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Feast your eyes on Hubble’s latest entrancing images of two planetary nebulae

New images from the Hubble Space Telescope show two beautiful planetary nebulae, known as the Butterfly Nebula and the Jewel Bug Nebula.

These two objects are of interest to scientists not only because they are striking ways for Hubble to test out its newer instruments like the Wide Field Camera 3, but also because of their composition. Nebulae are clouds of dust and gas, but these two nebulae are unusual in that they are some of the dustiest nebulae to have been studied, and they also have a large amount of gas.

NGC 6302, the Butterfly Nebula
This image from the NASA/ESA Hubble Space Telescope depicts NGC 6302, commonly known as the Butterfly Nebula. NGC 6302 lies within our Milky Way galaxy, roughly 3800 light-years away in the constellation of Scorpius. The glowing gas was once the star’s outer layers, but has been expelled over about 2200 years. NASA, ESA, and J. Kastner (RIT)

“These new multi-wavelength Hubble observations provide the most comprehensive view to date of both of these spectacular nebulae,” Joel Kastner of the Rochester Institute of Technology, Rochester, New York, leader of the new study, said in a statement. “As I was downloading the resulting images, I felt like a kid in a candy store.”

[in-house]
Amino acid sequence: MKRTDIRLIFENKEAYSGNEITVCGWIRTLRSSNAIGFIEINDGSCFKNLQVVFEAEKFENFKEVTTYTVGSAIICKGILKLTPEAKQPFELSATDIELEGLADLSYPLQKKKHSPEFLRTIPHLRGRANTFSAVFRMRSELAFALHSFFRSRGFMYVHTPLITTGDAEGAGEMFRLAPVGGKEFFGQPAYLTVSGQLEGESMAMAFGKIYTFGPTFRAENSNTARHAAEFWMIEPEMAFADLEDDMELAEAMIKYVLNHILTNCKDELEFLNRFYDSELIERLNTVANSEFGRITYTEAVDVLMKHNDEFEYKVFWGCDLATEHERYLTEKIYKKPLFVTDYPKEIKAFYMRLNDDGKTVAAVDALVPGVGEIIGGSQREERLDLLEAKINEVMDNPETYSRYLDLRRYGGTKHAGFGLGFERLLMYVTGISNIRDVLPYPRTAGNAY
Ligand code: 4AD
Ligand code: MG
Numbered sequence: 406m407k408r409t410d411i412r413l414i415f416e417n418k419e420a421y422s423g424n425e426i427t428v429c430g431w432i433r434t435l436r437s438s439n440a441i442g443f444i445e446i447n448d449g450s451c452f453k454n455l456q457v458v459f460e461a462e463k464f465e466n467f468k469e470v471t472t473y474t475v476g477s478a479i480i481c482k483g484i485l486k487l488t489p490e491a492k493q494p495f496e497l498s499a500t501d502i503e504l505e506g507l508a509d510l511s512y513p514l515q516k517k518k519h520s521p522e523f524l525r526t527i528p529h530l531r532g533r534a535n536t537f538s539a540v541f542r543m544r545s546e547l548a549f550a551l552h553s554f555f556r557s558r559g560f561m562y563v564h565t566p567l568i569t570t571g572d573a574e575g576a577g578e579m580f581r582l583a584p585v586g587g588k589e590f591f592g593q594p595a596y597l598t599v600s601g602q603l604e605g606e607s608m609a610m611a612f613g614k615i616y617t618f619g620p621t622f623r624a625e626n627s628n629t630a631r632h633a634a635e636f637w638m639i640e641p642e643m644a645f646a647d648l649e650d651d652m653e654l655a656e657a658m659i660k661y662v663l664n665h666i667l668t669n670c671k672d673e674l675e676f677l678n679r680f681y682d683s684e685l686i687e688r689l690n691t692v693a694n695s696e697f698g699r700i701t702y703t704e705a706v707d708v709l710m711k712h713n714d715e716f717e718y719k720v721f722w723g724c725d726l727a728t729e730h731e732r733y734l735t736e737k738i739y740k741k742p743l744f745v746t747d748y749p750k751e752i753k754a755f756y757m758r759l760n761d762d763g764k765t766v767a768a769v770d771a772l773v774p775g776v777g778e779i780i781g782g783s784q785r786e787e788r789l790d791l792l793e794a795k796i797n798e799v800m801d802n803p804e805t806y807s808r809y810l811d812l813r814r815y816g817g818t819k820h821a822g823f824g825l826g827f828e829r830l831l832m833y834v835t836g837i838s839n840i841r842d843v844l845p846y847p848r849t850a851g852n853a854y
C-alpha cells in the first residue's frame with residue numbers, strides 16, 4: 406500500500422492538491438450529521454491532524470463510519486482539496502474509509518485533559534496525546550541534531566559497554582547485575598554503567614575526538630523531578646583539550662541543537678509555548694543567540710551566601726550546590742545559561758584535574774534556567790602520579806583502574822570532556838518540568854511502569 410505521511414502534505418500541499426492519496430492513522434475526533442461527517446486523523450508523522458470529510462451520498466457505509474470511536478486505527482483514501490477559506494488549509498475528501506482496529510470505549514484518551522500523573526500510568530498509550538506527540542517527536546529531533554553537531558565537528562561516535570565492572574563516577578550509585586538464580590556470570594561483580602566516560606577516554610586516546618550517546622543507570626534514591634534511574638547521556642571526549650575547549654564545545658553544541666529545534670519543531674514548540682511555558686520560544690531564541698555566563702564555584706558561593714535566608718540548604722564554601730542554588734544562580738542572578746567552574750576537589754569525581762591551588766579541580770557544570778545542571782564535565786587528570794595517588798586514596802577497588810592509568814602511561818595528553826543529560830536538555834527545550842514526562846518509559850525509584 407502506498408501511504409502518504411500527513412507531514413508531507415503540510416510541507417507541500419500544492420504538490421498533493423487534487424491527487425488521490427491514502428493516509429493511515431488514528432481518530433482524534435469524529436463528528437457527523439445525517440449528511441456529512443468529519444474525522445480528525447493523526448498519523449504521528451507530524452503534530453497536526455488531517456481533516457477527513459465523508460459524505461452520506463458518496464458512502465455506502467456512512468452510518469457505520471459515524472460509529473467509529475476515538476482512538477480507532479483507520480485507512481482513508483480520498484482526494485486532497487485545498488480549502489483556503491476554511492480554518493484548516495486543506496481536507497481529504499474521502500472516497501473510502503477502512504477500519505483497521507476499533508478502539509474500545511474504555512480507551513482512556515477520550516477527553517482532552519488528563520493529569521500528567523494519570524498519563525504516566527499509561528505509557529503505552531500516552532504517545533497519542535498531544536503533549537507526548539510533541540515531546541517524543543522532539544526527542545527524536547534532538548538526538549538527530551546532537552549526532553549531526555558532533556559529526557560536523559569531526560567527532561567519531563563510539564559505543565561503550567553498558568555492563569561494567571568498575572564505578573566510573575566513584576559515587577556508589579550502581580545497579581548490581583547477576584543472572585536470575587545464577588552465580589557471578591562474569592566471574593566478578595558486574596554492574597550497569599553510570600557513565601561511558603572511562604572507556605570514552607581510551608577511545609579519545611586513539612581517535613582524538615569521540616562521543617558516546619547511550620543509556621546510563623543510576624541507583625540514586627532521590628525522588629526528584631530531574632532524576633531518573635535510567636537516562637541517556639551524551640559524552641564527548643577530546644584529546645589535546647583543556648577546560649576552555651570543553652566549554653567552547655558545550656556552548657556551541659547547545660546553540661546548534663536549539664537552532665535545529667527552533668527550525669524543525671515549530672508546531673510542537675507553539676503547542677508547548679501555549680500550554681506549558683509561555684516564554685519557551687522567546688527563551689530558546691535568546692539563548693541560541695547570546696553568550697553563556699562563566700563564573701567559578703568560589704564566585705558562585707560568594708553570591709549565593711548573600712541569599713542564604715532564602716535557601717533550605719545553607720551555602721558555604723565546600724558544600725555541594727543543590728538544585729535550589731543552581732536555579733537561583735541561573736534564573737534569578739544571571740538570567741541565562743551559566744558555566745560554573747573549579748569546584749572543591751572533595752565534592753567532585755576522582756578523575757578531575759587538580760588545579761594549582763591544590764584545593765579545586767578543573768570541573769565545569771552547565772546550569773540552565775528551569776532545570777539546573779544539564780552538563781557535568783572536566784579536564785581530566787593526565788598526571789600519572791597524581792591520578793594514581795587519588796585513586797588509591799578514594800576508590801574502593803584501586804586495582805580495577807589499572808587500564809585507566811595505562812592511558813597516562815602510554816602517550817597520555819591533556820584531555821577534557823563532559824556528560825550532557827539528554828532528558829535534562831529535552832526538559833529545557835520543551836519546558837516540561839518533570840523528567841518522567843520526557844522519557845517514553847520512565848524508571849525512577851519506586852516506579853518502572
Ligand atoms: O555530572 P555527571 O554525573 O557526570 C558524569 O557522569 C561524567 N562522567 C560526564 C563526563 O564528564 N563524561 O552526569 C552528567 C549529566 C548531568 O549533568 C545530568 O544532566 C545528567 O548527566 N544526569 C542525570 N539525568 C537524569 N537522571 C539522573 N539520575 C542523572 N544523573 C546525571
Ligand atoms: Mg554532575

Both nebulae have structures within them caused by the death throes of stars. As some stars reach the end of their lives, they shed off their outer layers creating shells or jets of hot gas. These jets and shells are occurring rapidly in the center of both nebulae, and using Hubble, the scientists were able to see how these change over time.

NGC 7027
This image from the NASA/ESA Hubble Space Telescope depicts NGC 7027, or the “Jewel Bug” Nebula.  The object had been slowly puffing away its mass in quiet, spherically symmetric, or perhaps spiral patterns for centuries — until relatively recently when it produced a new cloverleaf pattern. New observations of the object have found unprecedented levels of complexity and rapid changes in the jets and gas bubbles blasting off of the star at the center of the nebula. NASA, ESA, and J. Kastner (RIT)

The Jewel Bug nebula began its life like any other nebula, forming a spherical shape or possibly a spiral as it developed over the centuries. But at some point, something strange happened in the heart of the nebula which affected how it developed and changed its shape. Scientists still aren’t sure what caused this unusual development.

“Something recently went haywire at the very center, producing a new cloverleaf pattern, with bullets of material shooting out in specific directions,” Kastner explained.

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